So I've been musing on the Miers nomination this week, and now that the initial schadenfreude is over, I've thought about it, and come to the conclusion that we ought perhaps put her on the bench despite the fact that I think she's a raving wing-nut crazy with no real qualification to speak of that makes her worthy of sitting on the same bench as Ginsberg, Stevens, and yes, even Roberts.
While the discussion of qualifications is out there, I can't help but thinking that conservative stupidity is really rather preferable than qualifications. After all, a judge is beholden to know one but the opinion of their fellow-judges. And they value each other's opinion. In this sense, having someone's opinion whom they could respect on the Court would be detrimental to our causes.
More below the bump.
The true danger I felt with Roberts was not so much whether he was a conservative or not. He is, but then so was Rehnquist, and besides, conservative is really terribly nomenclature for judicial philosophy. My opinion of Roberts was even more dangerous. He tended to side with conservatives but without a strict philosophy, rather, instead, arguing each case by its merits to arrive at a conservative conclusion. While, in a sense, this is a good thing, as it means that there is a flexibility to his opinions, that he's likely to be taken by nuance, and that he's not an idealogue, it also makes him highly dangerous to the Court overall.
Conservatives always say they want a Scalia, but that's not really what they should be saying. After all, while I'll leave the discussion of Scalia's legal brilliance for another day, Scalia has been entirely unsuccessful at convincing other judges to sign onto his philosophy, other than Thomas, whom we all know was there anyway. The fact that Kennedy and O'Connor often sided with the Court "liberals", and Scalia's famed scorn of O'Connor's opinion, is what has been keeping the balance of the Court as it is. In other words, the liberals on the bench have been much more successful convincing the other judges to agree with them. Scalia, on the other hand, has been confrontational and self-righteous in his proclamation of "philosophy" without being particularly pure in regards to it, and then hoping that his witty nature will cover the hypocrisy. Well, it hasn't, and as such he has been writing dissents, not majority opinions.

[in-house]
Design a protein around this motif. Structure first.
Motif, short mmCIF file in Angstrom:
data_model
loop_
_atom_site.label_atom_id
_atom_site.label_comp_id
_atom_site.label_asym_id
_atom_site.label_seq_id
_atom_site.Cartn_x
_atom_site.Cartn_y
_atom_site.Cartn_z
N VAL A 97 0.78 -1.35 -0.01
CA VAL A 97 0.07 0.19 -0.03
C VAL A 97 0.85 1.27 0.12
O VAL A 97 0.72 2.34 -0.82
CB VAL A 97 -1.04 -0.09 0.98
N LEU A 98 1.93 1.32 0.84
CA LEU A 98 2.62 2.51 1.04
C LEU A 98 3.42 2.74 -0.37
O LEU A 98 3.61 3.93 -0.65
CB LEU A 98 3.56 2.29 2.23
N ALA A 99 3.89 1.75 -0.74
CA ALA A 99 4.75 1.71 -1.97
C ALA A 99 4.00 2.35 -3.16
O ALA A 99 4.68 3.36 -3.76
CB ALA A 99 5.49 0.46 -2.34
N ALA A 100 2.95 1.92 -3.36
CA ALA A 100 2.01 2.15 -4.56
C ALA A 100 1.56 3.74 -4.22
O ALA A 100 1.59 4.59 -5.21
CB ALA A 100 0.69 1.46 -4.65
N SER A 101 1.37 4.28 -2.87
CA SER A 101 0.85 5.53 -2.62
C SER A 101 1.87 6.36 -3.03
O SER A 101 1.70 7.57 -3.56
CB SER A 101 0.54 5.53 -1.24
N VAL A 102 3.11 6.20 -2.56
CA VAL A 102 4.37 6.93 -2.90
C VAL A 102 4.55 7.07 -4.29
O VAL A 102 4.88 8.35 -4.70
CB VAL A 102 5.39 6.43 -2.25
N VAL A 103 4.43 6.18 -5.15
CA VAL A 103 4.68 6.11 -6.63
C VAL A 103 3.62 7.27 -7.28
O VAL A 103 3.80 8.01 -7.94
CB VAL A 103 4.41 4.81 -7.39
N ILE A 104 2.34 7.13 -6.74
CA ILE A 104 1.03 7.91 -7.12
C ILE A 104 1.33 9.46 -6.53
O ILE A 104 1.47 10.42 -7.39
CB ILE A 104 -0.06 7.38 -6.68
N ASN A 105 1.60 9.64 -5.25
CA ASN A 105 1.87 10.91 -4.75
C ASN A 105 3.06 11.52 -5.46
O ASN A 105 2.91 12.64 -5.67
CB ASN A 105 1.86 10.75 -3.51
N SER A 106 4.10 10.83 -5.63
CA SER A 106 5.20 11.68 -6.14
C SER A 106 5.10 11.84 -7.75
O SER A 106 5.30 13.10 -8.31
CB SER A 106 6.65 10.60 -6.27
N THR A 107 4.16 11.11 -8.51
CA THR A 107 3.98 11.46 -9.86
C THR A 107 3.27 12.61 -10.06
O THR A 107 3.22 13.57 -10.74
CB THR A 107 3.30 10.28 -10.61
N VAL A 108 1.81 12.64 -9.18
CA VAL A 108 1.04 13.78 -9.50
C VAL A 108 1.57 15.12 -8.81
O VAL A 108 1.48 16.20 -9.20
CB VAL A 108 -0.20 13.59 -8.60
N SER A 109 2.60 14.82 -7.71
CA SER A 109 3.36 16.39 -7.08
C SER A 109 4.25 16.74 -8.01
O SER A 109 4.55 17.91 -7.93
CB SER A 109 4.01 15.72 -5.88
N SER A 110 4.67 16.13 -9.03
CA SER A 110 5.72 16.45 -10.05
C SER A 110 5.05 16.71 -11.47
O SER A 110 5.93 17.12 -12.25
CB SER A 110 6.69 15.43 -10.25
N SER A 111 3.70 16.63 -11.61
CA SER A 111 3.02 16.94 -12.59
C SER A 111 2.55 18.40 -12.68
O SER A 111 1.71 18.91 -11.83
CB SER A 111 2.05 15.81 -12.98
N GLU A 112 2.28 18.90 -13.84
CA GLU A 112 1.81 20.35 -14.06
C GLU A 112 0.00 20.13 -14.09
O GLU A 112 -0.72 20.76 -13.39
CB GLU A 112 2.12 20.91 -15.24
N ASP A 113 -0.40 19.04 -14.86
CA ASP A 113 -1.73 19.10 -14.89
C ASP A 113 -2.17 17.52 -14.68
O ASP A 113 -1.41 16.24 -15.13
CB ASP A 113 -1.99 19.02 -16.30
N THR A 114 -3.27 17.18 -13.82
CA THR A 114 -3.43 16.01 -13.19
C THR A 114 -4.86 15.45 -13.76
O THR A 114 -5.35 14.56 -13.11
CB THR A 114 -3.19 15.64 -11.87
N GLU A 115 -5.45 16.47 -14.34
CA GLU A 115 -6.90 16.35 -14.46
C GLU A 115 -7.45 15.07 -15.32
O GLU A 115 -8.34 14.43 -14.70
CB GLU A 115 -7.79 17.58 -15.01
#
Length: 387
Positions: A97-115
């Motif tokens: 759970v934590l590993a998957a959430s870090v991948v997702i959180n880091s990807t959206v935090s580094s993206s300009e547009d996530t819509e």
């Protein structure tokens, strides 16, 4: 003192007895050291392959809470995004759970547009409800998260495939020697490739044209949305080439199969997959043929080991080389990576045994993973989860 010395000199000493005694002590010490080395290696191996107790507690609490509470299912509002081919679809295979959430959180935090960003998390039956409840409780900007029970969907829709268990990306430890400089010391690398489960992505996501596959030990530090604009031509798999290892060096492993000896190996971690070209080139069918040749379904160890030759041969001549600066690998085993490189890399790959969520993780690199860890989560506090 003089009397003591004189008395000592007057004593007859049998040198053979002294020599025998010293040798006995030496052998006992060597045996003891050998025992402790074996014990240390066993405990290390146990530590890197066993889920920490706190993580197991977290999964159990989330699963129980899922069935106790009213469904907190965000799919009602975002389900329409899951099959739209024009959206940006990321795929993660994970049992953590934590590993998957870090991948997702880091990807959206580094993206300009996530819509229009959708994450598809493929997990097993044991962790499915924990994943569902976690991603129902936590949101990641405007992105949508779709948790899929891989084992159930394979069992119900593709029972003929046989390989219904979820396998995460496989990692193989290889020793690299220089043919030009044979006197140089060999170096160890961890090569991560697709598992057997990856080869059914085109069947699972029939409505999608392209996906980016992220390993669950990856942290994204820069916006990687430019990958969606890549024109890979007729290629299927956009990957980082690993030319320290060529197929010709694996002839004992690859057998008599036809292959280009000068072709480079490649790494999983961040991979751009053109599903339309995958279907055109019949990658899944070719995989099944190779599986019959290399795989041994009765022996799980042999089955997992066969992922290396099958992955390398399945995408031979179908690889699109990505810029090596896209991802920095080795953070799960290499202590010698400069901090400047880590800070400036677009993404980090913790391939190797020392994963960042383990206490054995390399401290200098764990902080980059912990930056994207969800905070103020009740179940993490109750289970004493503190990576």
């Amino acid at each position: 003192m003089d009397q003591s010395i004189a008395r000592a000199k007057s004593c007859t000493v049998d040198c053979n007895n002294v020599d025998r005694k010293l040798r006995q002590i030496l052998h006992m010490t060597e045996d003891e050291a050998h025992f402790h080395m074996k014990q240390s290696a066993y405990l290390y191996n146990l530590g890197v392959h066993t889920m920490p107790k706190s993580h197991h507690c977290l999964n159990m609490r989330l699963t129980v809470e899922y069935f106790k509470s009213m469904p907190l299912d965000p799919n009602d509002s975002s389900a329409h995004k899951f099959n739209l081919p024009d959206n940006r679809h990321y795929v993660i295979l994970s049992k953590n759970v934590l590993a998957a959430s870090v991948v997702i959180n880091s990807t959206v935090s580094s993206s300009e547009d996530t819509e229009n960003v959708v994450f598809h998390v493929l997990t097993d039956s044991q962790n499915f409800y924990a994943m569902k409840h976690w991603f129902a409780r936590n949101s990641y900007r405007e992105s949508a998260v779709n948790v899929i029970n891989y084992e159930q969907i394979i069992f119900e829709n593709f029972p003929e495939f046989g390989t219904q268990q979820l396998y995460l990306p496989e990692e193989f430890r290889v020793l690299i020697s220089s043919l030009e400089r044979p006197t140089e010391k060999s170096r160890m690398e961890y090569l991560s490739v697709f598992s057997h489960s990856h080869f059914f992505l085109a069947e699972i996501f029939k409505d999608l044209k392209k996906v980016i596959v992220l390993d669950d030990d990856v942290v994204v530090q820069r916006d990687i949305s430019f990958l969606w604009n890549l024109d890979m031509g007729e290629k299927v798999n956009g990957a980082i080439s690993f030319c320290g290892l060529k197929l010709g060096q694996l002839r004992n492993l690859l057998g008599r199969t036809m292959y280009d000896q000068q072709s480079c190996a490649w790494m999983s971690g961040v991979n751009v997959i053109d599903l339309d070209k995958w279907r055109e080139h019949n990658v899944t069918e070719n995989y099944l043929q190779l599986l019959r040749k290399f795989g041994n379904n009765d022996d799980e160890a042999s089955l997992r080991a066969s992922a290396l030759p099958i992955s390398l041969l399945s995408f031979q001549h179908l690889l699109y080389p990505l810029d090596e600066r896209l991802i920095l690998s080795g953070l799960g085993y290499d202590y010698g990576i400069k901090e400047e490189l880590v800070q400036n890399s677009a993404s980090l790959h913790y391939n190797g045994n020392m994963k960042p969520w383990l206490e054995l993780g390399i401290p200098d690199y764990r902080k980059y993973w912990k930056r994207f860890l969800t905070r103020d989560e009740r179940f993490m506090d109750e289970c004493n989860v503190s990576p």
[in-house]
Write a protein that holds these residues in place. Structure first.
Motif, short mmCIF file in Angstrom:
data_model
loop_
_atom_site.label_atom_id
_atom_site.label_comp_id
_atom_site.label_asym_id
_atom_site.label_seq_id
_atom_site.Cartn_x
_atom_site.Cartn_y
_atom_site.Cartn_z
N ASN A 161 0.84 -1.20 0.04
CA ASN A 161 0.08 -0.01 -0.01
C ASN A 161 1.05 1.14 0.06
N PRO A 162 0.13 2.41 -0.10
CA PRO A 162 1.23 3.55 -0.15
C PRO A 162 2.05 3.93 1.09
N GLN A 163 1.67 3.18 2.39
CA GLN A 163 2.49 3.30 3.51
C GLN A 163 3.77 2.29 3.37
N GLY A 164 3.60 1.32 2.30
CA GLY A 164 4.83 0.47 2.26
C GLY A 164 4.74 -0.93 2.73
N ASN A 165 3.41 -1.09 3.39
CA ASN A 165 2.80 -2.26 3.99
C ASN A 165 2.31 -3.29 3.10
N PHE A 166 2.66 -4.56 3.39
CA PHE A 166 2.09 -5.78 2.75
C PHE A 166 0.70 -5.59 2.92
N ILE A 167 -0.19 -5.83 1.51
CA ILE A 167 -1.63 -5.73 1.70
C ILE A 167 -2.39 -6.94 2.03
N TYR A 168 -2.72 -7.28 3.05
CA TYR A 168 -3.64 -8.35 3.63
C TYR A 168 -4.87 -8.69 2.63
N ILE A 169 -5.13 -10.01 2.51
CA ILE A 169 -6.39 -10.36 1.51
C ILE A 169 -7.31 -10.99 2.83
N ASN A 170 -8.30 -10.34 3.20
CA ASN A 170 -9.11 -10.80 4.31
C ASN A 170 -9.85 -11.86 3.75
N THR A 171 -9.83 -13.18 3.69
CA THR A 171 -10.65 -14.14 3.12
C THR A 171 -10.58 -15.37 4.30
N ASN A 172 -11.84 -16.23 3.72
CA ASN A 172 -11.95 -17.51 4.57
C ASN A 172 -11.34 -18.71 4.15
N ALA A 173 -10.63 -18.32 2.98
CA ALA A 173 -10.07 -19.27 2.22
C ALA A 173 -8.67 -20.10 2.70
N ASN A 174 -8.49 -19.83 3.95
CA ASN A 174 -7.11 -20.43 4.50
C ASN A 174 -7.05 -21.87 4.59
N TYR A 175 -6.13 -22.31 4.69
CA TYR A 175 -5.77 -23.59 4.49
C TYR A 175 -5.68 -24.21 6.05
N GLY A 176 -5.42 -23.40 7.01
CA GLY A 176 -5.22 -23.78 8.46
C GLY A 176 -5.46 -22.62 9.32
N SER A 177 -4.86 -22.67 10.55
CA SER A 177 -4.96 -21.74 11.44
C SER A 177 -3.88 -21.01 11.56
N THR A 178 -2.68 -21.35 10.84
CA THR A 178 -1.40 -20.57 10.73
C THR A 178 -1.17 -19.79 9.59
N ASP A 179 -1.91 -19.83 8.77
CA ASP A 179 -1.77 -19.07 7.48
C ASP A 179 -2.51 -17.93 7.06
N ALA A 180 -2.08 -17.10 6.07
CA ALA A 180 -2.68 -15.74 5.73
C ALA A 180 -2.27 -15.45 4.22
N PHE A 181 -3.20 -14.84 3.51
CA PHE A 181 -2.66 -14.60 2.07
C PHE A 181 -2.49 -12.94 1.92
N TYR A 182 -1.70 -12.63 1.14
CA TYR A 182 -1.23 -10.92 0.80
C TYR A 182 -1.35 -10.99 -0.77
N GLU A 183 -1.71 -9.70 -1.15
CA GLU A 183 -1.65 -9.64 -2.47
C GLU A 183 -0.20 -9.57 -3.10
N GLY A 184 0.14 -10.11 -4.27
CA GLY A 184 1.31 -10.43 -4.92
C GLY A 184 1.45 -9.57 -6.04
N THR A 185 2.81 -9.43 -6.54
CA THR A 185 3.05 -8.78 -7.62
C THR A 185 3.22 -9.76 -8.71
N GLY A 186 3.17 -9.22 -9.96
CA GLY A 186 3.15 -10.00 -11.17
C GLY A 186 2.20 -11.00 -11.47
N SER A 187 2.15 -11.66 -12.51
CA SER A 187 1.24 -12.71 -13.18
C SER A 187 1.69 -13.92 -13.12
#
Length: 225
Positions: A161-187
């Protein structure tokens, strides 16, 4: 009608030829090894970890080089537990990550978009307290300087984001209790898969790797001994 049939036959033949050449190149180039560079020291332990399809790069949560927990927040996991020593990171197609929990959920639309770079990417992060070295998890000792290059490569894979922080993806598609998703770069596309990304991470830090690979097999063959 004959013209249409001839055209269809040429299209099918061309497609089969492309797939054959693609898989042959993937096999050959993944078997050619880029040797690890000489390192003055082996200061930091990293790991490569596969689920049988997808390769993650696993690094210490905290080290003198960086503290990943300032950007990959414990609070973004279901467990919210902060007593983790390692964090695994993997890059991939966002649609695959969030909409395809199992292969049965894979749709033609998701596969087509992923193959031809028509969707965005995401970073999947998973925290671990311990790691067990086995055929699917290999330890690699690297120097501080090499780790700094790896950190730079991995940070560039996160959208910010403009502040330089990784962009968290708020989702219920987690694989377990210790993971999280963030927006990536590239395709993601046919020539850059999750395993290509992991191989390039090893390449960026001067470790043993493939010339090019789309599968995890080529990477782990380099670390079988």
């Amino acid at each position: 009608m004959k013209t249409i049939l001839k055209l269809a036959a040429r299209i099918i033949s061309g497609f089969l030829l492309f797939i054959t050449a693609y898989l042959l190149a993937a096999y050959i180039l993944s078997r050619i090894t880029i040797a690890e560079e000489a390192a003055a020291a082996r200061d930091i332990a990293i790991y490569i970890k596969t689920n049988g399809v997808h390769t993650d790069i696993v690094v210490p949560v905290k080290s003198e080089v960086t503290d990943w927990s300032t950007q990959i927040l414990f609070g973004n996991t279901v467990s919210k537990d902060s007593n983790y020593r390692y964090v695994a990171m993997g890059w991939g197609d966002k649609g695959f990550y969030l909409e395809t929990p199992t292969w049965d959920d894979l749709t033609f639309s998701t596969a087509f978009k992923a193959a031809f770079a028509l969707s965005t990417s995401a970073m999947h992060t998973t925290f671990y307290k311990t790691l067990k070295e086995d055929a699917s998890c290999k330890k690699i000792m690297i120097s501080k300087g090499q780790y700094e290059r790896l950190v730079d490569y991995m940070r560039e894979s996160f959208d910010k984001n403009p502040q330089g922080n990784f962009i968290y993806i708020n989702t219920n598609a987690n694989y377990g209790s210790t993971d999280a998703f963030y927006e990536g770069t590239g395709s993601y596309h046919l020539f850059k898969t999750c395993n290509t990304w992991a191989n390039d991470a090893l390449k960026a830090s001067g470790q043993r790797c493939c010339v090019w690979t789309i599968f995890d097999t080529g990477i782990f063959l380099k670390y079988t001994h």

The danger with Roberts was that he was genial and likable and charms the pants off people, yet was conservative. This seems to me to indicate that he's likely to gain the respect of his fellow-justices and possibly swing some of those crucial votes (cough cough Kennedy) over to the "conservative" side.
So what does this have to do with Miers?
Well, I don't think it very likely that the justices will have her automatic respect. In fact, if she fails to impress the Senate and conservatives, she'll fail to impact the cream of the intellectual crop that sits on the Court currently. In fact, many conservatives are lamenting that Miers might well vote how they like, but she is a lightweight. Well, a lightweight is just a vote, not an influence. And, frankly, she's 62 which is older than I would've previously dared to hope.
Listen, I think we probably couly successfully sink this nomination. But it would not be Democrats he was indebted to when it came time to name her replacement. It would be conservatives advocating for a heavyweight. Someone who is more than a vote and reliably conservative. That to me is more dangerous than a stupid, reliable conservative. If I thought we were going to get anyone better the next time around, I would say filibuster the hell out of her crony ass. But I don't believe Bush can upset his base twice in a row.
Maybe I'll change my mind with the hearings, but for now label me cynical, depressed, and wishing O'Connor's husband would rapidly recover and she's reconsider. But I don't really see a way out otherwise.
Sorry for adding to the Miers hubbub, but this is more for my benefit than anyone else's. If nothing else I can now compare my sentiments after the hearing, which should be much more interesting than the yawner of the Roberts' hearings.